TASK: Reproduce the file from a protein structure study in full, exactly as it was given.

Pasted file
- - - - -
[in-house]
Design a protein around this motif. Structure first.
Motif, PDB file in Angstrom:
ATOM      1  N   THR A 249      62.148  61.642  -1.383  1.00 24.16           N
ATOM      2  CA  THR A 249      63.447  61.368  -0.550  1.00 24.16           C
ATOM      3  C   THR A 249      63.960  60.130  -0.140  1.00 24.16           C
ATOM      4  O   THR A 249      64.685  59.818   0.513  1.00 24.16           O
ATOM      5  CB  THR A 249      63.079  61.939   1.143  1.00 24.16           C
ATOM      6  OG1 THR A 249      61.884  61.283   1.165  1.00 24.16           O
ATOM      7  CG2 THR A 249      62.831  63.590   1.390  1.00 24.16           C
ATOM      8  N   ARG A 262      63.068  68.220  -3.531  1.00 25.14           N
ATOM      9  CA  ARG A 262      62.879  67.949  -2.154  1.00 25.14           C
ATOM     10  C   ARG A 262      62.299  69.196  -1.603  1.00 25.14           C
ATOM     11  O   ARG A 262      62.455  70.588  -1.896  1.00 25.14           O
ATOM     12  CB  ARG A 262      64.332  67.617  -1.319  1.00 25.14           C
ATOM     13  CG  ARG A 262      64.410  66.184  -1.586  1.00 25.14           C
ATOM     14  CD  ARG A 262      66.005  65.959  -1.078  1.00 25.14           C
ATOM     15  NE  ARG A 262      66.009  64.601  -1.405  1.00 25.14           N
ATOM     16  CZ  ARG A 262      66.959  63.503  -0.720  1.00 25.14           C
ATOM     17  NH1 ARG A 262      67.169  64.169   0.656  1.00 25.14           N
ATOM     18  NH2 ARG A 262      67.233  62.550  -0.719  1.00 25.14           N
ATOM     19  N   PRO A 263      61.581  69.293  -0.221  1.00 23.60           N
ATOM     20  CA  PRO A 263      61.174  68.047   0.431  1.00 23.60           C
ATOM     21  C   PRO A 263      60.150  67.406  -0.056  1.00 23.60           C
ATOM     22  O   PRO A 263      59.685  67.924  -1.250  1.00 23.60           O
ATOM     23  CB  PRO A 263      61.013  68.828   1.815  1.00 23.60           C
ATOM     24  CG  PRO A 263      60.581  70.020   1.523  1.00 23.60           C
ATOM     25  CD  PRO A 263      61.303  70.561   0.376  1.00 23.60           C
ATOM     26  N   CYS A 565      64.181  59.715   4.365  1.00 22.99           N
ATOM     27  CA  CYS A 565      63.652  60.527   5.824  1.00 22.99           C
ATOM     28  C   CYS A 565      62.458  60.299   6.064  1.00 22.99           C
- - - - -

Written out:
[in-house]
Design a protein around this motif. Structure first.
Motif, PDB file in Angstrom:
ATOM      1  N   THR A 249      62.148  61.642  -1.383  1.00 24.16           N
ATOM      2  CA  THR A 249      63.447  61.368  -0.550  1.00 24.16           C
ATOM      3  C   THR A 249      63.960  60.130  -0.140  1.00 24.16           C
ATOM      4  O   THR A 249      64.685  59.818   0.513  1.00 24.16           O
ATOM      5  CB  THR A 249      63.079  61.939   1.143  1.00 24.16           C
ATOM      6  OG1 THR A 249      61.884  61.283   1.165  1.00 24.16           O
ATOM      7  CG2 THR A 249      62.831  63.590   1.390  1.00 24.16           C
ATOM      8  N   ARG A 262      63.068  68.220  -3.531  1.00 25.14           N
ATOM      9  CA  ARG A 262      62.879  67.949  -2.154  1.00 25.14           C
ATOM     10  C   ARG A 262      62.299  69.196  -1.603  1.00 25.14           C
ATOM     11  O   ARG A 262      62.455  70.588  -1.896  1.00 25.14           O
ATOM     12  CB  ARG A 262      64.332  67.617  -1.319  1.00 25.14           C
ATOM     13  CG  ARG A 262      64.410  66.184  -1.586  1.00 25.14           C
ATOM     14  CD  ARG A 262      66.005  65.959  -1.078  1.00 25.14           C
ATOM     15  NE  ARG A 262      66.009  64.601  -1.405  1.00 25.14           N
ATOM     16  CZ  ARG A 262      66.959  63.503  -0.720  1.00 25.14           C
ATOM     17  NH1 ARG A 262      67.169  64.169   0.656  1.00 25.14           N
ATOM     18  NH2 ARG A 262      67.233  62.550  -0.719  1.00 25.14           N
ATOM     19  N   PRO A 263      61.581  69.293  -0.221  1.00 23.60           N
ATOM     20  CA  PRO A 263      61.174  68.047   0.431  1.00 23.60           C
ATOM     21  C   PRO A 263      60.150  67.406  -0.056  1.00 23.60           C
ATOM     22  O   PRO A 263      59.685  67.924  -1.250  1.00 23.60           O
ATOM     23  CB  PRO A 263      61.013  68.828   1.815  1.00 23.60           C
ATOM     24  CG  PRO A 263      60.581  70.020   1.523  1.00 23.60           C
ATOM     25  CD  PRO A 263      61.303  70.561   0.376  1.00 23.60           C
ATOM     26  N   CYS A 565      64.181  59.715   4.365  1.00 22.99           N
ATOM     27  CA  CYS A 565      63.652  60.527   5.824  1.00 22.99           C
ATOM     28  C   CYS A 565      62.458  60.299   6.064  1.00 22.99           C